About twenty-five years ago, one of my clients was going public. They were the first real estate investment trust to have operations solely in southern California that sought to go public. The investment bankers were concerned that the California regulatory and tax environment was going to adversely affect the stock pricing of the IPO.
When I was 8 years old in 1961, our nation began a five-year celebration of the Civil War centennial. For two years, I was obsessed with the Civil War. I knew every battle, read numerous books, diagramed each major battle and had a collection of Civil War soldiers that I custom-painted in their blue and gray uniforms. I knew all the characters. There were heroes and villains. The South had the majority of great generals, but the North had the resources that ultimately won a brutal war of attrition.
A couple of weeks ago my friend and fellow columnist, Ron Bischoff, sent me a Washington Post editorial titled “Sobering news for $15-minimum-wage boosters.” The editorial can be seen at www.washingtonpost.com. Everyone wants to see that employees are paid fairly, and since 1968, the minimum wage has not kept pace with inflation. If you adjust the 1968 minimum wage for inflation, you arrive at an hourly wage of approximately $15.
Muck Rack makes it simple to find people, tweets, or articles that mention any name, keyword, company, hashtag etc. We've compiled this guide to help you make the most of your search.
Selecting a term
Start searching tweets, articles from media outlets, articles mentioned in tweets, journalists'
names, titles and bios with some suggested searches:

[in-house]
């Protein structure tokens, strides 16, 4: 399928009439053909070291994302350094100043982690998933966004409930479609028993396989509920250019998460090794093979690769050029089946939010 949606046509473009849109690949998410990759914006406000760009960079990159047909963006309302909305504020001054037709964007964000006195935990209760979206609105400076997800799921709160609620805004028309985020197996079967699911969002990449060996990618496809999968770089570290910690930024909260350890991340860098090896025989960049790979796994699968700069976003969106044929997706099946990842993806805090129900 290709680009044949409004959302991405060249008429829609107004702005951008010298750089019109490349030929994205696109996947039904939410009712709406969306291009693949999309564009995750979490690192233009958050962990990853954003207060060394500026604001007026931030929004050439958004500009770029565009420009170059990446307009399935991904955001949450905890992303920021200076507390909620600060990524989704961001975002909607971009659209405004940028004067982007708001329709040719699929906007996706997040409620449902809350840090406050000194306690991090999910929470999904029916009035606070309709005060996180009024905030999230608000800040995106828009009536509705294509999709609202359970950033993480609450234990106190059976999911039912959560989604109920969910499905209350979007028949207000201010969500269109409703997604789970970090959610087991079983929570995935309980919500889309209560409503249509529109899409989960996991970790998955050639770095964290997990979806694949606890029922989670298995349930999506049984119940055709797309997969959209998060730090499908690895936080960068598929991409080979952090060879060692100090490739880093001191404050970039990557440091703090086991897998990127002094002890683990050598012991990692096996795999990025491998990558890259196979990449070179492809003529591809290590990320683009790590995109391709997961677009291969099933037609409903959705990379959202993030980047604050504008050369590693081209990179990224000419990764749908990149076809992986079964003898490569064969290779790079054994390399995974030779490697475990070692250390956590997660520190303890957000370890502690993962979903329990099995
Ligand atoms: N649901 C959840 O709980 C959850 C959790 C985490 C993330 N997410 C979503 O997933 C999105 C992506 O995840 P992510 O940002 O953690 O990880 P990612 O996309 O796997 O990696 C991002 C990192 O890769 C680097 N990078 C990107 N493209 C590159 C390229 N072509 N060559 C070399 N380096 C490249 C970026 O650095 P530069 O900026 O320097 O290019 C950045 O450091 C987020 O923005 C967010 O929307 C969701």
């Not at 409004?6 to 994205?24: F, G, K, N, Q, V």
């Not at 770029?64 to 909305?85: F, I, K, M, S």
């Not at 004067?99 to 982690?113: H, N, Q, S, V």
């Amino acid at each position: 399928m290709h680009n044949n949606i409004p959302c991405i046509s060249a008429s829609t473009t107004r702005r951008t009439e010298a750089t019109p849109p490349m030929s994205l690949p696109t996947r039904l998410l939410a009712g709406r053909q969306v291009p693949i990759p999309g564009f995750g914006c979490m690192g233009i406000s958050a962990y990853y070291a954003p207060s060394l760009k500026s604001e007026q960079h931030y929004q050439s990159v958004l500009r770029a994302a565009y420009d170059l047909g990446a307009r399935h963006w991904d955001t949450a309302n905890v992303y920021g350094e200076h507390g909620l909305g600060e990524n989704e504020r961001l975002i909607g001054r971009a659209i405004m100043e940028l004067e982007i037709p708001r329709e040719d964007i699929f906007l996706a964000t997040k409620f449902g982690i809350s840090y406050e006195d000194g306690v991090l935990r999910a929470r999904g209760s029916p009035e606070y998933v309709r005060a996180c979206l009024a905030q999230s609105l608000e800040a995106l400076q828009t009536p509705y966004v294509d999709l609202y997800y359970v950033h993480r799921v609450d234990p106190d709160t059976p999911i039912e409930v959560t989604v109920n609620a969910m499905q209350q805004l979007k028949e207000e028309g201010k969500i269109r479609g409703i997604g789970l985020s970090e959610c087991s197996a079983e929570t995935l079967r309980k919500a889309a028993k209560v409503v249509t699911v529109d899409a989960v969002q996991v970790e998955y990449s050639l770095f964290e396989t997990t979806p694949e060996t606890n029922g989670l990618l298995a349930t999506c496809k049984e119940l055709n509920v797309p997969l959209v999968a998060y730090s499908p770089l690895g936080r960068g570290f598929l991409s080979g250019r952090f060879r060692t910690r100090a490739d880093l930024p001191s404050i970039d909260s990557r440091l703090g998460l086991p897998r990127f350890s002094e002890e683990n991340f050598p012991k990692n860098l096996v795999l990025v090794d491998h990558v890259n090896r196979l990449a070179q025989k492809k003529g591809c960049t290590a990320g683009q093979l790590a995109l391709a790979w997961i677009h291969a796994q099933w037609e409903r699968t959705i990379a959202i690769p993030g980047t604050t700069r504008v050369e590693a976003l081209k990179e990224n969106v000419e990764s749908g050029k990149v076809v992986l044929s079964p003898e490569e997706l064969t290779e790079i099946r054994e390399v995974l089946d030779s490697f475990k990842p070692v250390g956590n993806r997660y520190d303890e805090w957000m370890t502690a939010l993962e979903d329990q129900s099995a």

Companies or Topics (e.g. iPhone, Microsoft)
Phrases (e.g. "cloud computing") — use quotes to keep the terms together
Twitter handles (e.g. @username) — returns those who have mentioned or replied to
Names (e.g. "David Pogue")
Hashtags (e.g. #sxsw, #london2012)
Bio details (e.g. vegan, Olympics, father)
Muck Rack's Advanced Search allows for many boolean operators.
Find results that mention multiple specified terms, use AND or
+. For example, ensure each result contains both Elon Musk and Mark Zuckerberg by
searching Obama AND Romney or Obama + Romney.
Use the operators OR or , to broaden your search when you'd like either of
multiple terms to appear in results. (This is the default behavior of our search when no operators
are used.) For example, search for democrat OR republican to find results that refer to
Democrats and/or Republicans.
Use NOT or - to subtract results from your search. For
example, searching Disney will yield results about the Walt Disney Company as well as Walt Disney
World Resort. To exclude mentions of Disney World, search for Disney -World or Disney
When using one of these operators with a phrase, enclose it in quotation marks. For example, you can
find results about smartphones excluding Apple's iPhone 4S by searching smartphone -"iPhone
Exact case matching or punctuation
If you're searching for a brand name or keyword that relies on specific punctuation marks or capitalization, you can
find results that match your exact query by adding matchcase: before the keyword you're searching for, like matchcase:E*TRADE .
Use parentheses to separate multiple
boolean phrases. For example, to find journalists talking about having fun in Disney World or
Disneyland, search for ("disney world" OR disneyland) AND fun.
An asterisk can be used to search for any variation of a root word truncated by the asterisk. For example, searching for admin* will return results for administrator, administration, administer, administered, etc.
A near operator is an AND operator where you can control the distance between the words. You can vary the distance the near operation uses by adding a forward slash and number (between 0-99) such as strawberries NEAR/10 "whipped cream", which means the strawberries must exist within 10 words of "whipped cream".